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1 December 2002 Directionality of Drinking Passes by Bats at Water Holes: is there Cooperation?
Rick A. Adams, James A. Simmons
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In 2000 and 2001, we used an infrared imaging system to film the drinking behaviors of bats at high-use water holes outside Boulder, Colorado. We recorded for two hours on each of four nights at two water hole sites, Stockton Cabin (SC) and Bear Creek (BC), known to be high in bat visitation and small enough to allow filming of the entire hole from a single position. A total of 855 drinking passes was observed: 417 and 438 in SC and BC, respectively. Of these, 814, or 95.2%, of all drinking passes occurred from a particular directional pathway (dominant approach pathway) at each site, with a mere 1.3% occurring from the immediately opposite direction, and 3.5% occurring from a direction convergent with, but not opposite to, the dominant approach path. At both sites, the direction of the dominant approach path was against stream-flow. The strict directionality of drinking passes portrayed at the water's surface was in stark contrast to activity above the water hole where no directionality of flight could be discerned, even when dozens of bats were circling together. We hypothesize that bats use unidirectional coordination of drinking passes to lessen the chance of collisions and/or to avoid the energetic expense of collision avoidance.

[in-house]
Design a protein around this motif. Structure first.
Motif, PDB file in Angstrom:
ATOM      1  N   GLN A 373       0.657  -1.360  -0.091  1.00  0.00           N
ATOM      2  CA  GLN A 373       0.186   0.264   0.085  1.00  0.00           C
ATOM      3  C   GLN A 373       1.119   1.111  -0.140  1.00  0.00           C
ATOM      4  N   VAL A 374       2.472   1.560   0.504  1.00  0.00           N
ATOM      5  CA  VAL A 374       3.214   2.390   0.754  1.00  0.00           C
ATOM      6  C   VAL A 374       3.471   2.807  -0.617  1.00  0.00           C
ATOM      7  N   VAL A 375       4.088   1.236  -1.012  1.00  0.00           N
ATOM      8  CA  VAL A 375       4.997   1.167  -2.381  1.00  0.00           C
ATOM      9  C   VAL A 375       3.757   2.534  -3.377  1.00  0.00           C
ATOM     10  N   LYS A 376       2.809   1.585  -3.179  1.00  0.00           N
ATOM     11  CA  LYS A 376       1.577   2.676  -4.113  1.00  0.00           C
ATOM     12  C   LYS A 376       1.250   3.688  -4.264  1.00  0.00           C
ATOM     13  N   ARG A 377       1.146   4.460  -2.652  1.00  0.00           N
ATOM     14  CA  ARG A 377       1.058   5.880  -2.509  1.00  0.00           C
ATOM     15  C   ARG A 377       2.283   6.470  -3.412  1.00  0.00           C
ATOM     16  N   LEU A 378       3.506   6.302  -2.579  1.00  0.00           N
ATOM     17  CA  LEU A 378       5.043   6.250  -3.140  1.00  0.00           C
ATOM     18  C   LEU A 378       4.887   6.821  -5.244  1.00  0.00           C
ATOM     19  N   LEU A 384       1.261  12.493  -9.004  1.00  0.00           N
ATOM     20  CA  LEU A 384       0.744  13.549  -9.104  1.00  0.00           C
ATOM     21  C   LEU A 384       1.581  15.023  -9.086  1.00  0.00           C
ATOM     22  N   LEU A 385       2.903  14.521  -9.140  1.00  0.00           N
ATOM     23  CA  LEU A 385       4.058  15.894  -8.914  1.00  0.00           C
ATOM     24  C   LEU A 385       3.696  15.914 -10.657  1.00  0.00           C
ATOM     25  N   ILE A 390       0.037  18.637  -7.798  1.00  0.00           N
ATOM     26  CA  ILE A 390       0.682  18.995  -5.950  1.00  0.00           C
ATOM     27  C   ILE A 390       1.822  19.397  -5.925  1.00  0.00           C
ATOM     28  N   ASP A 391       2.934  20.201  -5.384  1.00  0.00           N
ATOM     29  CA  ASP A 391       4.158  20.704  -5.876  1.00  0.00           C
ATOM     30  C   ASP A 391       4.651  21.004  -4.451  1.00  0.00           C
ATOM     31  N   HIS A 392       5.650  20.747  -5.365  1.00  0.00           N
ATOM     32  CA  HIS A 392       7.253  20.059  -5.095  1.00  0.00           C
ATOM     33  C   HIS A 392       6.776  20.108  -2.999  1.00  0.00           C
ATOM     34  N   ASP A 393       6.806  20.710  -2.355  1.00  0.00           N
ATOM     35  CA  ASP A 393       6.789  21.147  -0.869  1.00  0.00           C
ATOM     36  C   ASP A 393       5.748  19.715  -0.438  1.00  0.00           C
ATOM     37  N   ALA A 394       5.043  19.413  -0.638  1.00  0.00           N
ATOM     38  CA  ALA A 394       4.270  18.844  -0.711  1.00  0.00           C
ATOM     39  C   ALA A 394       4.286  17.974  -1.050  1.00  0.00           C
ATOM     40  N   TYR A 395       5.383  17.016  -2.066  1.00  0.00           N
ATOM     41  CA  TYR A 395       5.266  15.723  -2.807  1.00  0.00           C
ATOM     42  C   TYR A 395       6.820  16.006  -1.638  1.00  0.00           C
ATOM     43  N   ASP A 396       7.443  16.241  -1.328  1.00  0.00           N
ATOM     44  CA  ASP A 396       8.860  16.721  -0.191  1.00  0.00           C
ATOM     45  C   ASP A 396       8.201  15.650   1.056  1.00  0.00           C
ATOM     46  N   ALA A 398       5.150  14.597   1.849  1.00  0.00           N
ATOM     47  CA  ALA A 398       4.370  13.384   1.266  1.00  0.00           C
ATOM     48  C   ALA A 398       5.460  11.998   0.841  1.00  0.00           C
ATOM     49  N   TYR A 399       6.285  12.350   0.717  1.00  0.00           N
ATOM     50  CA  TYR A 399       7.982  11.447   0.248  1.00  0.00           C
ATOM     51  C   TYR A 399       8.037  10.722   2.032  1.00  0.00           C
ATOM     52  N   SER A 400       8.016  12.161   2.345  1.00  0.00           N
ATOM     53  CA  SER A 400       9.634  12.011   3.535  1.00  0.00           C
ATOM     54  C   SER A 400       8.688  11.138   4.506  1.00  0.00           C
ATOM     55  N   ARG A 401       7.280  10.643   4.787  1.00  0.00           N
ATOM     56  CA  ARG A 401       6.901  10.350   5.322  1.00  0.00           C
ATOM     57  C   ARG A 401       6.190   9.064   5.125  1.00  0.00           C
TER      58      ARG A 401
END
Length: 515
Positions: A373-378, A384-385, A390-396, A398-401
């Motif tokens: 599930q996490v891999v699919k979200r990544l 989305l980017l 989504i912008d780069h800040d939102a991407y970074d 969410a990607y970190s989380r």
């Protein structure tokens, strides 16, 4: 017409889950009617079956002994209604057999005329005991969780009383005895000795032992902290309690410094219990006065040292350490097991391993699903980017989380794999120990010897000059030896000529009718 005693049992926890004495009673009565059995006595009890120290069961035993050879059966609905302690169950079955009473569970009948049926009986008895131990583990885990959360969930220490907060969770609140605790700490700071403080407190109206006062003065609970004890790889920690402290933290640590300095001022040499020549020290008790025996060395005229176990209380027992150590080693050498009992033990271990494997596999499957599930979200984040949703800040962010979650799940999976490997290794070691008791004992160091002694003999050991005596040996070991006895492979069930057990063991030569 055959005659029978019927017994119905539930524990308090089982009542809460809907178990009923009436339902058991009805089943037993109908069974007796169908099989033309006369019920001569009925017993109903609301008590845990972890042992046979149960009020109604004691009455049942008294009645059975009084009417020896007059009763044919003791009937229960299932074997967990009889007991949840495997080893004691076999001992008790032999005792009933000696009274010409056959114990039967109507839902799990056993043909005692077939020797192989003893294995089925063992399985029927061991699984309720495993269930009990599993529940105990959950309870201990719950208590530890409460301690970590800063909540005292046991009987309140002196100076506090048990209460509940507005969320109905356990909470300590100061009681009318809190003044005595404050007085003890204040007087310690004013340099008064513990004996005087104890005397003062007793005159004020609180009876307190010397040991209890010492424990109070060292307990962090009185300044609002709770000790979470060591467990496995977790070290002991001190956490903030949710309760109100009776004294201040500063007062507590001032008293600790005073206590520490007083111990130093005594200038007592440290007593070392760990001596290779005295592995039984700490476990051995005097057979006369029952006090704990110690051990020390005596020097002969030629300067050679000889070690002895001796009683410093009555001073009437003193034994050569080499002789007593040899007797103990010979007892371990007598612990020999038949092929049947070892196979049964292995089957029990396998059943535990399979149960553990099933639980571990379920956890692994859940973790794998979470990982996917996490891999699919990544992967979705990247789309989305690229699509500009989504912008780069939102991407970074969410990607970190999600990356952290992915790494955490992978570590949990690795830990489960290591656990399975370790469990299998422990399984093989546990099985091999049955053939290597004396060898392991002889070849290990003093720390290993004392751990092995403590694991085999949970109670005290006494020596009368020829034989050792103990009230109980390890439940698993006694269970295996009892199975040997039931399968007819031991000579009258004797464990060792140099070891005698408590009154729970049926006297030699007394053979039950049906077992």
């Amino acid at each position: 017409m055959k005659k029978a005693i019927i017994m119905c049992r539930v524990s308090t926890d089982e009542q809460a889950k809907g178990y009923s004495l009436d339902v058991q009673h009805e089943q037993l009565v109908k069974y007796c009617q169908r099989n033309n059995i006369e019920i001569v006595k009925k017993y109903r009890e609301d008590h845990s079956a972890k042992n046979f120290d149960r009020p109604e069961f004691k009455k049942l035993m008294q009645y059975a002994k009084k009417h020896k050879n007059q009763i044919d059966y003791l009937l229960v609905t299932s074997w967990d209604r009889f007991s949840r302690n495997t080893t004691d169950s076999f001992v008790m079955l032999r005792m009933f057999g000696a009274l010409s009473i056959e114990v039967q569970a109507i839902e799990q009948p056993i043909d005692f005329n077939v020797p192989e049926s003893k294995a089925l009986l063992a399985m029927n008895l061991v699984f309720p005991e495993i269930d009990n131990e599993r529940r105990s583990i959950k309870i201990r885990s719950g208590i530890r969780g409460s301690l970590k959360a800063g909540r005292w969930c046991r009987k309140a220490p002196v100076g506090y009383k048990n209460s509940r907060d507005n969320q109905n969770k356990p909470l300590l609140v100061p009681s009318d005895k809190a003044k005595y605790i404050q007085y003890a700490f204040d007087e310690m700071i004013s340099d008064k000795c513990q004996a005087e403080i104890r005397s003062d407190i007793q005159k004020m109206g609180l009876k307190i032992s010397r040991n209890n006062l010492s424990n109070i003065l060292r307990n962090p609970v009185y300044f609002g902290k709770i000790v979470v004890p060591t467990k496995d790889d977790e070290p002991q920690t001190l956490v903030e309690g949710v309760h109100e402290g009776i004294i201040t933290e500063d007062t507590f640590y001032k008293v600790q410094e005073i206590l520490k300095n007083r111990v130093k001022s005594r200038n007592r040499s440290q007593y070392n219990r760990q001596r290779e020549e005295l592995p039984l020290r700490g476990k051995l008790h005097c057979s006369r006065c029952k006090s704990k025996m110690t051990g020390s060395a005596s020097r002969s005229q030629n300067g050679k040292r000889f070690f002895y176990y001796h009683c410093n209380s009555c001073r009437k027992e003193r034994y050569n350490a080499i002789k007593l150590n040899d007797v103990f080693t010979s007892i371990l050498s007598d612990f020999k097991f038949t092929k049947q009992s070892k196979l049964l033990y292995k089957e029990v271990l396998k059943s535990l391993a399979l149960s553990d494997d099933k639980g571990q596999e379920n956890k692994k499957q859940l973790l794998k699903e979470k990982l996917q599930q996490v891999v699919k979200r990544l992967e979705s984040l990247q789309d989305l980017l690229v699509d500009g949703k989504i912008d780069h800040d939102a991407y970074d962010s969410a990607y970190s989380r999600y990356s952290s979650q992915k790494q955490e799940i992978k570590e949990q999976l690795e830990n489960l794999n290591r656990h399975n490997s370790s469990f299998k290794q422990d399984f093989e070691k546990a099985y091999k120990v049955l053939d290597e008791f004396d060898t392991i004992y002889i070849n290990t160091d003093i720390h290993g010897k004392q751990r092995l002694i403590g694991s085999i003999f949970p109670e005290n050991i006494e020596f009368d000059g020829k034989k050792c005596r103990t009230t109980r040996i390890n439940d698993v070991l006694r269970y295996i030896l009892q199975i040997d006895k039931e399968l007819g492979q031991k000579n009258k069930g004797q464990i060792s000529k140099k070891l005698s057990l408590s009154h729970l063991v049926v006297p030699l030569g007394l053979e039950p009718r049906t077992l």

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© Museum and Institute of Zoology PAS
Rick A. Adams and James A. Simmons "Directionality of Drinking Passes by Bats at Water Holes: is there Cooperation?," Acta Chiropterologica 4(2), 195-199, (1 December 2002).
Received: 6 May 2002; Accepted: 12 July 2002; Published: 1 December 2002
water resources
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